When was the last time an Arab organization elected a Jew to head one of its pro-Democracy movements? Or when a Muslim group elected a Christian to lead its fight for justice? Or maybe a Jewish group electing a Muslim to lead its student movement? J Street answered this last one loud and clear
By Ray Hanania
From the onset, J Street has claimed to embrace democracy, fairness, justice and truth in pursuing peace in the Middle East and seeking to represent the true spirit of the American Jewish community.
Their balanced protests against all violence, all extremism and all fanaticism in Israeli and Arab World politics has been consistent, principled and effective.
Clearly, when a group engaged in Middle East issues stands up and does what’s right, embracing the rule of law not based on ethnicity, race or religion but on the basis of “the rule of law” and equality for all, it is going to take a beating from the fanatics on both sides, Jew and Arab.
Yet J Street continues to grow and become the true voice of American Judaism, helping to redefine the battle from the old cliche of Jew versus Arab, to the new reality of the future, moderate versus extremism.
J Street is the moderate voice of the American Jewish community, countering the alarming rise in extremism among radical Jews and fanatic Israelis. The extremists in Israel have been pulling the mainstream Jewish community into its illogical racist hatred of Arabs, while extremists in the Arab community have been doing the same to the Arab Street.
This week, one of J Street’s most important components, J Street U, which focuses student activism throughout University Campuses, elected as its president a woman who is Muslim.
Amna Farooqi is not Arab, she is Pakistani. But she is proud Muslim student activist for peace. According to J Street, Farooqi, a senior at the University of Maryland who has served at various levels of J Street student activism, leads a seven member student board of Jewish student colleagues.
When was the last time an Arab activist group elected a Jew to head its efforts? Or how many times do we have to experience the rejection of women as leaders in the American Arab and Muslim community? When was the last time a Christian activist group elected a Jew to spearhead their efforts for peace and justice in Palestine?
It’s been done (with a CAIR Chapter), but it has been so rare. (Although just asking the questions provokes more hatred, especially against Christian Arabs who ask the question.)
The vote by J Street is remarkable and reinforces the groups stated commitment to Jewish Democratic values, and also to the strong commitment to the only workable solution to the Israel-Palestine conflict, the Two-State Solution.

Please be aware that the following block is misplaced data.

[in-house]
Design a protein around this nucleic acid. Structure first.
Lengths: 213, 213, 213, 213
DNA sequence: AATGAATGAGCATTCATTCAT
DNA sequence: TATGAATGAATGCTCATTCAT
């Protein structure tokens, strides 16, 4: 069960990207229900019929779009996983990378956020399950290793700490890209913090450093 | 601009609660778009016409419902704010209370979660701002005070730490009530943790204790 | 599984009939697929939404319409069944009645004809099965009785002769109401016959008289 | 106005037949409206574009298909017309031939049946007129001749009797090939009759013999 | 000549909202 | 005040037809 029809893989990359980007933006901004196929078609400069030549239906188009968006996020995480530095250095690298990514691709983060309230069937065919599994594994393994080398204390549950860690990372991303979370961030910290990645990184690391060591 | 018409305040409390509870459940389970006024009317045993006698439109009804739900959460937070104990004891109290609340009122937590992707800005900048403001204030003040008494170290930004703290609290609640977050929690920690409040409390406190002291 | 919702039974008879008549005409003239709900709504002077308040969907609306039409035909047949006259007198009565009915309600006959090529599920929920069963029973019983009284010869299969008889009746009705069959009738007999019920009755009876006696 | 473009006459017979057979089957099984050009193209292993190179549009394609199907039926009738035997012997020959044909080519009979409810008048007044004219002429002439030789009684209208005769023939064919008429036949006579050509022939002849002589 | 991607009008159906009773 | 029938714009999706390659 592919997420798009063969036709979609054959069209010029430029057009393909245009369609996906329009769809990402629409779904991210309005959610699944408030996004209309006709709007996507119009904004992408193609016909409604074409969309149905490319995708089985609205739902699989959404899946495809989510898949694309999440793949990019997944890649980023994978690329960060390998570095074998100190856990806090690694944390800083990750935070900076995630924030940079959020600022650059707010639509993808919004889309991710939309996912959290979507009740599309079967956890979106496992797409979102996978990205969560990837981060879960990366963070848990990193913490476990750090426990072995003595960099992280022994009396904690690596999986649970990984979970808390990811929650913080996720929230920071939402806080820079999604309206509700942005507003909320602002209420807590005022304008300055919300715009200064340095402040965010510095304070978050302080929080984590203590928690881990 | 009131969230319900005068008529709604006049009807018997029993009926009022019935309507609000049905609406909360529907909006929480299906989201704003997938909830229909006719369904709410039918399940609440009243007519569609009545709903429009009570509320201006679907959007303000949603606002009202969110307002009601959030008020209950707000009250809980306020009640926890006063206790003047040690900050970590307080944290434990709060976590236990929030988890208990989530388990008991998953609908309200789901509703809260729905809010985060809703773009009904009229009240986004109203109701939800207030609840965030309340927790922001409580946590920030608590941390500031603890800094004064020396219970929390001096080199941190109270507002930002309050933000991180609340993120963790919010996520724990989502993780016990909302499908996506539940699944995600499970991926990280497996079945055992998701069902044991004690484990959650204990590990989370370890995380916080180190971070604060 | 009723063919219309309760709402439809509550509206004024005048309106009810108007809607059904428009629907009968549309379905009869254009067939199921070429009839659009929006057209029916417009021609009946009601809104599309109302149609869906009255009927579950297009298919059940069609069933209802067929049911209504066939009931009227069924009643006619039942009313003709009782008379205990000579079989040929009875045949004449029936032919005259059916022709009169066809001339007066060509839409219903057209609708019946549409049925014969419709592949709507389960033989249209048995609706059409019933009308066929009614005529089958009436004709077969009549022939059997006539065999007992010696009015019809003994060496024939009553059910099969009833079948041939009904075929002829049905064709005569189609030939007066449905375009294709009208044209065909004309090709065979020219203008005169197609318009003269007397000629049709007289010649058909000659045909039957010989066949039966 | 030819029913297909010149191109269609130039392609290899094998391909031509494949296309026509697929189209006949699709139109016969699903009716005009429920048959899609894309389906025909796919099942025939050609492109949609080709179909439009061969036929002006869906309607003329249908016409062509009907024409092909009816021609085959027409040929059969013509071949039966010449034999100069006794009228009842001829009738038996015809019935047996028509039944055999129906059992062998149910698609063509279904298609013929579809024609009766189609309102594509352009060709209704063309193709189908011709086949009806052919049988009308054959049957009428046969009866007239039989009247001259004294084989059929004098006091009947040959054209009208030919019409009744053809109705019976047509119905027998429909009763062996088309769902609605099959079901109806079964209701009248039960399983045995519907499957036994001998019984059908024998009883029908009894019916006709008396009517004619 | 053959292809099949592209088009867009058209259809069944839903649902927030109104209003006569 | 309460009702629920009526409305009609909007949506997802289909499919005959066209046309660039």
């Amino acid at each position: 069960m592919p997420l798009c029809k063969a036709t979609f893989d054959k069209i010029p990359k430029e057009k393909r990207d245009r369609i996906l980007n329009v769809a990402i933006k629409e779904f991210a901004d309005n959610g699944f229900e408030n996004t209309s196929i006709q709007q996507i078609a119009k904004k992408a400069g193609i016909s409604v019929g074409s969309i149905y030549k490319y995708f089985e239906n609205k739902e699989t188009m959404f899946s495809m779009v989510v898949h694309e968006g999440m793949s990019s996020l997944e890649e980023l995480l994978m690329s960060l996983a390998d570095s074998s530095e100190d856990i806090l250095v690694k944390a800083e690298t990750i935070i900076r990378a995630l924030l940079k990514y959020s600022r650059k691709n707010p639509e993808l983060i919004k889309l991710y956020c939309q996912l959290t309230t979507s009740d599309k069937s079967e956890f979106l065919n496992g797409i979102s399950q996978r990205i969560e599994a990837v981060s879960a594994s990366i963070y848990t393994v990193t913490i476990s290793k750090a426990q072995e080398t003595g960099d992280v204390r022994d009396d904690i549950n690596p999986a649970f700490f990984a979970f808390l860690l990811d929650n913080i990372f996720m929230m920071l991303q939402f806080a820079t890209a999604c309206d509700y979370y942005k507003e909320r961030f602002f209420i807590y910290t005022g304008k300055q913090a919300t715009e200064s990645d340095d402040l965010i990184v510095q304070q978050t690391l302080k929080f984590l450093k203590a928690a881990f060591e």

You have to admire J Street. And I wish we would see the same kind of principle applied to Arab and Palestinian politics, and the raising of volume by the community to speak out against the ever-present extremist haters who arguably lead the Palestinian struggle as clearly as the extremist racist haters in Israel are leading their government today.
I have attended their conventions which featured not only open debate and dialogue among Jews but the voices of moderate Palestinians, Muslims, and Christian Arab activists who represent the true spirit of the Palestinian cause. Their conferences have been absent of the hate rhetoric that often infects the conferences of other extremist groups like AIPAC and even many Arab organizations. Even just a little hatred can taint an entire groups efforts to achieve peace. We can’t compromise on the need to marginalize and silence the extremists and their hate-driven rhetoric.
The only way to break the stranglehold the fanatics have over the moderates is to enforce the fundamentals of peace, justice, non-violence, and principled morality. We need to stand up to the fanatics by being the people we claim to be. We need to standup to the extremists who bully the voices of moderates with their hatred and their lies. We can’t let the fanatics win. The war is between moderates and extremists and we all need to take sides to save our people.
Farooqi will be attacked by the fanatics, for sure. That’s the way they are, twisting facts, pumping up emotion, downplaying their own failures and exaggerating the claims against others.
Voices of moderation need to speak out. We need to rise up above the anger, emotions and frustrations, and recognize that the truth of our principle and justice of our cause is not in anger but in remaining true to the principles of the rule of law, Democracy, respect of all human beings, diversity and the rejection of violence as a means of achieving goals.
Here is the press release from J Street issued this week:
J Street U, the student arm of the pro-Israel, pro-peace movement, today announced the election of its sixth national student board.
The National Board, which directs the student arm of J Street, was elected by the organization’s leaders at the annual Summer Leadership Institute this week. It is comprised of the president and six other elected representatives, each of whom represents a geographic region. The board members make decisions as a group and work collaboratively to guide strategy for the organization.